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Invincible and The Complex Impact of Trauma


(SPOILERS)


Invincible covers many broad topics in just 8 short episodes. This is due to the series’ singular goal at moving from beginning to end of its most prevalent story arc: The rise of Mark Grayson and the fall of Omni-Man. Through this primary plot, many smaller ideas are conveyed. One notable message was the idea of trauma, and the double-edged nature of its impact.


The first example is clearly the semi-abusive relationship between Omni-man and his son Mark. In the pilot we see Omni-man’s first steps into derangement as he “teaches” his son how to fight. His warped method of preparing his son is by sucker punching him so hard he knocks the wind out of his lungs. Later, even Omni-man laments his use of force on his son. But added to the complexity is that after the attack, Mark knows how strong he is. So he is able to face his school bully and even take on his first heroic act as Invincible. Throughout the series, we see Omni-man “teach” his son genuinely valuable lessons, sprinkled in with elements of harsh, near abusive parenting. Every lesson, no matter how warped is later used in Mark’s true conflict against his own father.



Another similar example is seen in the series’ female lead- Eve. Eve, aka Atom Eve, is a fellow high school super hero that has the ability to restructure atoms. The interesting note about Eve is how she begins vs how she ends the season. At the beginning of the show, she is dating Rex-Plode: a typical “Chad” frat boy who lacks maturity or ethics. A polar opposite of someone close her- her father.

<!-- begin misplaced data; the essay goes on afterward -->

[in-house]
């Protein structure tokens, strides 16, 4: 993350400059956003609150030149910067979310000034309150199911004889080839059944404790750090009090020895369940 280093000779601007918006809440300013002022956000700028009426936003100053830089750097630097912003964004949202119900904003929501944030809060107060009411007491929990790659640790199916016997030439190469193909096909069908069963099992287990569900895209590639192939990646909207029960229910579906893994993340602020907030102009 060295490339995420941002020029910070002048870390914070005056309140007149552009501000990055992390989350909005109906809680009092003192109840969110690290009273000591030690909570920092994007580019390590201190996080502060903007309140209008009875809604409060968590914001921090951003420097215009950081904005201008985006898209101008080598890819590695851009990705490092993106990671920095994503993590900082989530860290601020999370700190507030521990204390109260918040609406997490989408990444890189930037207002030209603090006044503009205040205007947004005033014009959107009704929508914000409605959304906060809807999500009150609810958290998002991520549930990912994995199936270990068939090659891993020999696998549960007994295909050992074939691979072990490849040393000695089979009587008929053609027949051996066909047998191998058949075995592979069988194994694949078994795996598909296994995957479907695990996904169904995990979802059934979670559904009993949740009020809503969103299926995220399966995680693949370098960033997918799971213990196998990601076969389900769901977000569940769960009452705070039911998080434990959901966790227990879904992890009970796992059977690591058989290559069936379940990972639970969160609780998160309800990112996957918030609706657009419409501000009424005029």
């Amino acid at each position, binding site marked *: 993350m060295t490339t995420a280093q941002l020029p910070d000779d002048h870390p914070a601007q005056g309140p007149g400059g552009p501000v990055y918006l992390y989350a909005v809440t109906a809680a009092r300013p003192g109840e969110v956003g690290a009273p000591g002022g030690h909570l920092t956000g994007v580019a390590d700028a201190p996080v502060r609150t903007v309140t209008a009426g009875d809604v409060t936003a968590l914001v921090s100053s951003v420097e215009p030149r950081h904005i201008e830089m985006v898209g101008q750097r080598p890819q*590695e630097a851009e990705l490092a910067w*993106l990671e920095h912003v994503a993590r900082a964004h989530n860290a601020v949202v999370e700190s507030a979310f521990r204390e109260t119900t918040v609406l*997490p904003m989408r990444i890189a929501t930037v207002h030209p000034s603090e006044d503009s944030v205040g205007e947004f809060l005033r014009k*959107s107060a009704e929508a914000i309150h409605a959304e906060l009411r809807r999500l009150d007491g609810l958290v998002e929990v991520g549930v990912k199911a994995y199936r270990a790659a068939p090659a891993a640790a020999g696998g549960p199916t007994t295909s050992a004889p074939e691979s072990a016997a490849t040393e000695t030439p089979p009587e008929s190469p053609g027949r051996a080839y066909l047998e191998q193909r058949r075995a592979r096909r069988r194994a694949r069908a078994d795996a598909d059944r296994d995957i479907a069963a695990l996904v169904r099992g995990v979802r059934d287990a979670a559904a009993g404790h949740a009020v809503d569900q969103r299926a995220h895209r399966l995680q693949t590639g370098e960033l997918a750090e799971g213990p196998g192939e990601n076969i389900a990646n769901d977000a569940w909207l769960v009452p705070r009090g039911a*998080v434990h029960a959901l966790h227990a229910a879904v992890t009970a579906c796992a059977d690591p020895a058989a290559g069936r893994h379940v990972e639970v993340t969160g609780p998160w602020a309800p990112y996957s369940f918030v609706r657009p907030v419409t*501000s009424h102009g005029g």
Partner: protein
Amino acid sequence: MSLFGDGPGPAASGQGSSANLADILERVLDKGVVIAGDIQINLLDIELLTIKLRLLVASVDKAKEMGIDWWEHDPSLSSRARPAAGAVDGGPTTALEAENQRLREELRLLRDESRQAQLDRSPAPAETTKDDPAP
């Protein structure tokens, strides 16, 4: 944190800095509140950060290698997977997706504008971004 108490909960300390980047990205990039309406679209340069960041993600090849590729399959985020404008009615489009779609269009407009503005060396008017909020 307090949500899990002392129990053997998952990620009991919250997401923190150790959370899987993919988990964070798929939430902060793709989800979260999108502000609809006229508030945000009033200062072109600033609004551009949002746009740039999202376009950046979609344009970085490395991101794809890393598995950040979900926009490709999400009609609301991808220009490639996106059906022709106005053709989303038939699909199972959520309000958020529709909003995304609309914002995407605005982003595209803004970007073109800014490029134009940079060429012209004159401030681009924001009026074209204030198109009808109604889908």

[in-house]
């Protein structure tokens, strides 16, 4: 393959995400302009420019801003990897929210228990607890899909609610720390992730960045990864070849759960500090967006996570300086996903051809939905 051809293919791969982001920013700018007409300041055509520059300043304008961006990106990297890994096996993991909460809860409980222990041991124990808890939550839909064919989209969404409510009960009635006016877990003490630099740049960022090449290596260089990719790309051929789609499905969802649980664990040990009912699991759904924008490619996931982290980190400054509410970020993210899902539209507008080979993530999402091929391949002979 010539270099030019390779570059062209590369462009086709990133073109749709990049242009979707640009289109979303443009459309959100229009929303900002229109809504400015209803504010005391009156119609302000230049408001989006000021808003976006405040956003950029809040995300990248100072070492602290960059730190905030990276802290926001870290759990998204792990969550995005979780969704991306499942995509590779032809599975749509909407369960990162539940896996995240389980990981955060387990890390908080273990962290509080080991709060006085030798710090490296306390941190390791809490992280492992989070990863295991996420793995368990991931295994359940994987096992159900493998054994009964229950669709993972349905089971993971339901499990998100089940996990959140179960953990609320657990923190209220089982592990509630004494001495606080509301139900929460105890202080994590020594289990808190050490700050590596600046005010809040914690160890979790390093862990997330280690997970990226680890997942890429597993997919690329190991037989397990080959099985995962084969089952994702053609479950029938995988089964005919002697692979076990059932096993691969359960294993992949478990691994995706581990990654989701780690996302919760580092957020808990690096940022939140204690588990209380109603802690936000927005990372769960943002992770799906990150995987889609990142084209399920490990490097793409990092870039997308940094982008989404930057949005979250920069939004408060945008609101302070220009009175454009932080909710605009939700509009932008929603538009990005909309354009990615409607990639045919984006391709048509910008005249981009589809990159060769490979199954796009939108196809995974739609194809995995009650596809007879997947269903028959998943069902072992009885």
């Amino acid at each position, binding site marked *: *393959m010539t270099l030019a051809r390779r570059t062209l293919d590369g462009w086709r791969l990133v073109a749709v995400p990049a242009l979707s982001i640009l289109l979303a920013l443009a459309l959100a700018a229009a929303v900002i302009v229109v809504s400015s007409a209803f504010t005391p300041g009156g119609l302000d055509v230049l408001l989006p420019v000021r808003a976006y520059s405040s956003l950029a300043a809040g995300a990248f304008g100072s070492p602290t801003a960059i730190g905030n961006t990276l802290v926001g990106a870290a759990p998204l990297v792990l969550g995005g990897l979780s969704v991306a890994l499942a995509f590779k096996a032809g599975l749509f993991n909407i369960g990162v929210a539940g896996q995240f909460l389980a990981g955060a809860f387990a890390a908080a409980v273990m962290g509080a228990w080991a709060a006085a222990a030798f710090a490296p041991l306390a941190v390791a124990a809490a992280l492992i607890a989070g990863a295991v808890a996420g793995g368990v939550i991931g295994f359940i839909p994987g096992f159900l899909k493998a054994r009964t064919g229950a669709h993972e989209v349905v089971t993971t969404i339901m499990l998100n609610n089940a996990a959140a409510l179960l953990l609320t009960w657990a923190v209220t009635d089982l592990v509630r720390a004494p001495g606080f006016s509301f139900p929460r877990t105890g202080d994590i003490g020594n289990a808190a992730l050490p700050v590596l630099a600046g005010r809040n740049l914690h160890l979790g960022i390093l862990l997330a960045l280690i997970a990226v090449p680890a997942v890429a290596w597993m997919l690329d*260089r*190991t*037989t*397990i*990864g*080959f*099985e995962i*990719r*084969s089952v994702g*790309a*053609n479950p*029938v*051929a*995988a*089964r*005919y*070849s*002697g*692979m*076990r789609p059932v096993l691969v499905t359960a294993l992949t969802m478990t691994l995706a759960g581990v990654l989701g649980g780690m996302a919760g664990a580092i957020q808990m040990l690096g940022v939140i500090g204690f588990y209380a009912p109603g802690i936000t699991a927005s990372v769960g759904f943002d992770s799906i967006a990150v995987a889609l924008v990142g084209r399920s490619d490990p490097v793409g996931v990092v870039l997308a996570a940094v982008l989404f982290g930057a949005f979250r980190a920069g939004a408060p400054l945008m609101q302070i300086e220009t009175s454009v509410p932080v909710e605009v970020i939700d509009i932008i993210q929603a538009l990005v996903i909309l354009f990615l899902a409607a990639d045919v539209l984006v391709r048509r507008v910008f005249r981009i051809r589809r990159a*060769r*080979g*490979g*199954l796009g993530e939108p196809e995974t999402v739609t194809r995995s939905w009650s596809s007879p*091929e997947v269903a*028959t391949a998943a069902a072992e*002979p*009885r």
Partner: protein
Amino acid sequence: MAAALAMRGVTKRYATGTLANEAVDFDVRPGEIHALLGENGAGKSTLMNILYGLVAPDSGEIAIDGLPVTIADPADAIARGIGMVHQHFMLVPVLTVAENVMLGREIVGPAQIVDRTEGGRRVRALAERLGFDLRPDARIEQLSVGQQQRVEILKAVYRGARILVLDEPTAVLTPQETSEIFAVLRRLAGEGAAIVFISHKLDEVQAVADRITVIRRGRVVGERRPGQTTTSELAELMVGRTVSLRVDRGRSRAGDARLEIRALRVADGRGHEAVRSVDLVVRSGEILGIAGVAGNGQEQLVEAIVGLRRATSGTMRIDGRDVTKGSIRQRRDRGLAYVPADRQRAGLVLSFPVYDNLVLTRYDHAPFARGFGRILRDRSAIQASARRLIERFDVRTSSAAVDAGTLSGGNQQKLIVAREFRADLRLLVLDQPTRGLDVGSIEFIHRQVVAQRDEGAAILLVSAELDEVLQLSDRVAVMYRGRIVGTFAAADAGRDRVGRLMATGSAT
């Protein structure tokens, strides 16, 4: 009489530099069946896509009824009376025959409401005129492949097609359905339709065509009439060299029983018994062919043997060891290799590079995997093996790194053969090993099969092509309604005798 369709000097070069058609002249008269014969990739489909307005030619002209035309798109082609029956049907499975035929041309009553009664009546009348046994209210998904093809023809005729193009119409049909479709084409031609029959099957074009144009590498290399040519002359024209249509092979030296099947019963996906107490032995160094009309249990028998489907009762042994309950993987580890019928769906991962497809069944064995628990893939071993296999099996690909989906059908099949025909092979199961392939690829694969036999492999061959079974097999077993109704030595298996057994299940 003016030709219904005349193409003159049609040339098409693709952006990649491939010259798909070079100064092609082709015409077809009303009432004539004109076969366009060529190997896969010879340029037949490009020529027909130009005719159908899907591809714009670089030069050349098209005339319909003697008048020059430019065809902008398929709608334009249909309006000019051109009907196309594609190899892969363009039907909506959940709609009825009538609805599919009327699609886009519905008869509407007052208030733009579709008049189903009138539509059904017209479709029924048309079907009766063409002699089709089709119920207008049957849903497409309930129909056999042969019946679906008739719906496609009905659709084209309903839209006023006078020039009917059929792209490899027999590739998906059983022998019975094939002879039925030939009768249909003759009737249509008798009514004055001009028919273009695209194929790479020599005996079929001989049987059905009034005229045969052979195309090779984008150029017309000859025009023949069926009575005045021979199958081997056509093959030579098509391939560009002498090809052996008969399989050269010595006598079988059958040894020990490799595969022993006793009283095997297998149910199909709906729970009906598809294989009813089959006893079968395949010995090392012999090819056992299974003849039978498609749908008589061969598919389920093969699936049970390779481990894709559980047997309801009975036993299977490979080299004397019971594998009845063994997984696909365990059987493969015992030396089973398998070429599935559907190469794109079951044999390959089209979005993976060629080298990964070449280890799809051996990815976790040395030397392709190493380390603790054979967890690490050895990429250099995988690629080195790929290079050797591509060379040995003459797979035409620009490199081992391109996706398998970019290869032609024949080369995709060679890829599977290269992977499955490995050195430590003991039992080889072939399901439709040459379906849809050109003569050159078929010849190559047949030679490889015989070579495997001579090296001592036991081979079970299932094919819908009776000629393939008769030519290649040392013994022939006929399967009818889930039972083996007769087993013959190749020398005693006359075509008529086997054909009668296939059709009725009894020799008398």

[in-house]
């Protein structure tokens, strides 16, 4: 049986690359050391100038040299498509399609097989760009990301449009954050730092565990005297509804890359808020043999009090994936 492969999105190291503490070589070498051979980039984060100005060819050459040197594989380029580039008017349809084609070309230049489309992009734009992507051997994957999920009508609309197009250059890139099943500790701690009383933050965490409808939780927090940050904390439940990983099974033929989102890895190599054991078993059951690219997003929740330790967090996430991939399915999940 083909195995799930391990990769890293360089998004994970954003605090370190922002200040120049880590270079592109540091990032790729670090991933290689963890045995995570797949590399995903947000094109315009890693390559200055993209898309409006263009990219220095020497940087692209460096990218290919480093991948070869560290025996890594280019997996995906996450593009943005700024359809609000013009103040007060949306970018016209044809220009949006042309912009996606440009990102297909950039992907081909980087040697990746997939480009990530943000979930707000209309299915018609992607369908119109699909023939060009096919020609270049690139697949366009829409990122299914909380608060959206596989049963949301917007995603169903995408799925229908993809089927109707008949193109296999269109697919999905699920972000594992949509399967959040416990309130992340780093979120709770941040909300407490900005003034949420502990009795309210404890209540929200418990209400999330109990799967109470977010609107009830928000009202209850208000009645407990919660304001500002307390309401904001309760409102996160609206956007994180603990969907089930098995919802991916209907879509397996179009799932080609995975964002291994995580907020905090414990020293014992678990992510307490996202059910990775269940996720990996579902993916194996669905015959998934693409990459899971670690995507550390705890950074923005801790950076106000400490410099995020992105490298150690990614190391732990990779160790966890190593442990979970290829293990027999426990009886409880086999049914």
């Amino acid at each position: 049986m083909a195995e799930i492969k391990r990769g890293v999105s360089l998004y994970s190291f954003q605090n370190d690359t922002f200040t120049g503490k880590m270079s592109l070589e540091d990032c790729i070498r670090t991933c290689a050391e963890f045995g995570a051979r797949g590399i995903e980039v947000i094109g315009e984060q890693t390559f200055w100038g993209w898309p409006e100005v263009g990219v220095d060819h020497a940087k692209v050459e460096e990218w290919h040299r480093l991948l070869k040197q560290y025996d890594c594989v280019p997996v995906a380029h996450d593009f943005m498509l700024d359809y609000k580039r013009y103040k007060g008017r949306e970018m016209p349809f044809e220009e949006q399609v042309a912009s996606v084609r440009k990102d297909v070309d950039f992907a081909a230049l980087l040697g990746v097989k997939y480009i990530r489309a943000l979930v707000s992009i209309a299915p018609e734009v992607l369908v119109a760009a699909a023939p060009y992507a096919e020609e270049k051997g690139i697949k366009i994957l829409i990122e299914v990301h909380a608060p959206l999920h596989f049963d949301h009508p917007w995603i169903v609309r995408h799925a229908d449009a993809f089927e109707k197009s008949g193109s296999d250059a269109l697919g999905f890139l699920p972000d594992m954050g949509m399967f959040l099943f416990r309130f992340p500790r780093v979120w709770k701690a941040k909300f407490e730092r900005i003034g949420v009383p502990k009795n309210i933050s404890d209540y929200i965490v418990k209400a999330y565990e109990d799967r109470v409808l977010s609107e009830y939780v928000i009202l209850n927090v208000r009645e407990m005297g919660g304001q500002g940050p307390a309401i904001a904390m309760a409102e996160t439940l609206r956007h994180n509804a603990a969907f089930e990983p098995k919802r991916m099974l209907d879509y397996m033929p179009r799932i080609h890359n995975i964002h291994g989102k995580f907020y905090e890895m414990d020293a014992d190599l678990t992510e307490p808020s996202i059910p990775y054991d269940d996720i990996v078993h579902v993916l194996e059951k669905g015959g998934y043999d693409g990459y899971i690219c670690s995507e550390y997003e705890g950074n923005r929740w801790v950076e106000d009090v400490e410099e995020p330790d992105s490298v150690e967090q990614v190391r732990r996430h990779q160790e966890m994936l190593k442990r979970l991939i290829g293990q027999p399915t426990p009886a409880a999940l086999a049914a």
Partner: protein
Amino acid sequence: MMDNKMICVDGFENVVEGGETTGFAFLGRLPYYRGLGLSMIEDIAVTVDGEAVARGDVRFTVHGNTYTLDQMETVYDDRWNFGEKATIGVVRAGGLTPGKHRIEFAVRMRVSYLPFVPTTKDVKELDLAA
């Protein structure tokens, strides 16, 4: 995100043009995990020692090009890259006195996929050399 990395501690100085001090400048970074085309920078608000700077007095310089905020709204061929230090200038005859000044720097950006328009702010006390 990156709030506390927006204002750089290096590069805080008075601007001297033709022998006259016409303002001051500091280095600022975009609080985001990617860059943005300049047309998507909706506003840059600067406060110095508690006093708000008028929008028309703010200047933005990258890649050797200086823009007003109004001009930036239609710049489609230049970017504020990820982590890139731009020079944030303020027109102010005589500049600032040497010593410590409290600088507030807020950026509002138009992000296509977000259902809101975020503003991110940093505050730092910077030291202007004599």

An important note between Mark and Eve is how their fathers differ. Where Mark’s father wants him to only be a superhero, not a human; Eves father wants her to be a human and never be a superhero. Eve’s father is controlling, cruel, and abusive. Eve struggles with depression through the series, trying to figure out who she is. She doesn’t know how to define herself after realizing just how selfish Rex-Plode is. After leaving the super group Teen Team, dumping Rex, and finding that Mark is dating someone else, she feels lost. Her father attempts to control his daughter and eventually forces her into an ultimatum. But after she sees how much good comes from genuinely helping people-not just fighting bad guys-Eve decides to set out on her own to help the world. Her father demands she stay, but she leaves anyway finally sure of herself.


Something to note is that without their traumatic home lives, neither hero would be able to reach their fullest potential. Both had over-bearing and cruel fathers which drove them to make choices they didn’t want. Yet, without that cruelty our hero’s would not exist.



This complexity to trauma holds a mirror up to the effects of life on ourselves. Invincible acts as a showcase on how trauma will leave a permanent change in us, but they change isn’t innately wrong- it’s instead up to us to change what was a negative impact into a positive force.



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Jinx Lethe
Jinx Lethe
2023年11月23日

Uhhh but most Marks are evil in other timelines, right? PTSD didn't do them much good. ...him... them, whatever lol

いいね!
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